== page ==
Austere, underlit, uncompromisingly lackadaisical at three hours, and anachronistic in a half dozen ways, Regular Lovers is the first New York theatrical opening for the veteran French avant-gardist Philippe Garrel. Avant-garde, of course, is a relative term: When Garrel and Michel Auder, another Warhol-smitten French filmmaker, showed their “underground movies” here in 1970, Jonas Mekas called them “very sad cries from the past, one almost pities them.”
Garrel, however, has endured. He’s made nearly 30 features (despite a prolonged ’70s heroin jones) and Regular Lovers, which was featured in the 2005 New York Film Festival (Garrel’s first Lincoln Center appearance since 1972), is personal in ways we can only guess. It stars Garrel’s son Louis as a version of the filmmaker as he might have been in the high ’60s—a sincere poseur and humorless poet named Francois, smoking hashish and opium, and passively resisting the draft.
Regular Lovers celebrates the events of May ’68 with a long (long) street-fighting nocturne and an even lengthier sequence of police pursuit. It’s exhilarating and futile. “Can we make the revolution for the working class despite the working class?” one comrade wonders. The answer may be a foregone conclusion but Regular Lovers plods on dutifully, exhibiting the same glum perseverance as Garrel’s career. Although the distinguished William Lubtchansky shot the film, its frissons are rarely visual. More surprising than any of Garrel’s set-ups is the abrupt introduction, amid more random piano doodles, of the opening chords from “I Am the Walrus.”
Revolutionary failure brings girls, rock music (including a song by Garrel’s mid-’70s paramour, Nico) and a certain listless communalism. There’s still considerable hanging out but once Francois starts lying around with the aspiring sculptor Lilie (Clotilde Hesme), the emphasis shifts. Scenes from revolution become scenes from a romance. With its attention to detail and character,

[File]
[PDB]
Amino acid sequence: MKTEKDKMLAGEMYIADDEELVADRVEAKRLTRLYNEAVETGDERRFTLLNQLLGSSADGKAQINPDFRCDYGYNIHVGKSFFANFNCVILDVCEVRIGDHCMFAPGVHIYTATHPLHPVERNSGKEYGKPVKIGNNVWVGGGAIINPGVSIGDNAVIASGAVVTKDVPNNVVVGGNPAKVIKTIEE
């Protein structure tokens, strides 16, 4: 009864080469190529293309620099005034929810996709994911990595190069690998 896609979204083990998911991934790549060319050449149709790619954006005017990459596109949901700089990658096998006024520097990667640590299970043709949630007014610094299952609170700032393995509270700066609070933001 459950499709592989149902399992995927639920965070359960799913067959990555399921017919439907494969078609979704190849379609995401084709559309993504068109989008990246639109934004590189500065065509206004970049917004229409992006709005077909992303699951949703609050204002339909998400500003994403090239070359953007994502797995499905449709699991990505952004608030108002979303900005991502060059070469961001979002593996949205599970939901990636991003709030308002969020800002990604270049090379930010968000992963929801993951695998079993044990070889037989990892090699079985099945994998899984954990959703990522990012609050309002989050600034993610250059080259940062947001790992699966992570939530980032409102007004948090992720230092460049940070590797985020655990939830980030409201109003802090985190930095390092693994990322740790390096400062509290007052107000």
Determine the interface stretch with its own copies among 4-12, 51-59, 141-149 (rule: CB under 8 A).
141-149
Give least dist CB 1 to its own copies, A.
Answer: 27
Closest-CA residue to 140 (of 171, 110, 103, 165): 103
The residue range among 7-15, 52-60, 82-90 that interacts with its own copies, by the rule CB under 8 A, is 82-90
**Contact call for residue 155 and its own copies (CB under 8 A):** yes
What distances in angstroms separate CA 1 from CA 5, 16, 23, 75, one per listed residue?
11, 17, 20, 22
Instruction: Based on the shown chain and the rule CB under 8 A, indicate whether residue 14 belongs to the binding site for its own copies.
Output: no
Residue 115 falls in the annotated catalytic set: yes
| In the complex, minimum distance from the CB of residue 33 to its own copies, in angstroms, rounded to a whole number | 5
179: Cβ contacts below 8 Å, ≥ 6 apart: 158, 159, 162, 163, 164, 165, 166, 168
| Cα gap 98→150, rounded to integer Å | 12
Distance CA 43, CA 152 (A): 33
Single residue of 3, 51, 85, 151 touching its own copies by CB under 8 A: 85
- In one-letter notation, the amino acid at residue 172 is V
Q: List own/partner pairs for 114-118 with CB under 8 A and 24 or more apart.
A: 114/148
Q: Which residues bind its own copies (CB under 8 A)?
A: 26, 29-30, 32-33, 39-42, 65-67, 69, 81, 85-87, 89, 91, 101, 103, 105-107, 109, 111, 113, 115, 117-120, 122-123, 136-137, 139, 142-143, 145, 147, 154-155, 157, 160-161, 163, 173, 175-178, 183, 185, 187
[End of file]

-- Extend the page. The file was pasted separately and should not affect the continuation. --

Regular Lovers is novelistic, albeit in a special way—the characters have little inner life and engage in relatively few actions. Ambiance is all. A fondness for cutting from mid-scene to mid-scene and a few primitive dream sequences notwithstanding, Garrel’s most daring device is his use of duration. Ultimately this languid tone comes to seem a strategy, quite poignant, to extend youth as long as possible.
The film’s subject matter and casting present an unavoidable critique of
The Dreamers, Bernardo Bertolucci’s risible evocation of Paris ’68, which also starred Garrel
fils. Dourly withholding as it may be, Regular Lovers
is superior in every sense—not least in its near-complete absence of cinephilia. (The one reference is to Bertolucci.) For Garrel, culture isn’t restricted to movies. It’s the Paris air. When Francois is tried for draft-dodging, his lawyer defends him as a poet; in a later scene, cops bust the commune and stop to admire the paintings. It’s ironic but heartfelt. Garrel is not just an artless aesthete, he is unexpectedly and intensely romantic—imagining and realizing a character who can die for love.
This article from the Village Voice Archive was posted on January 9, 2007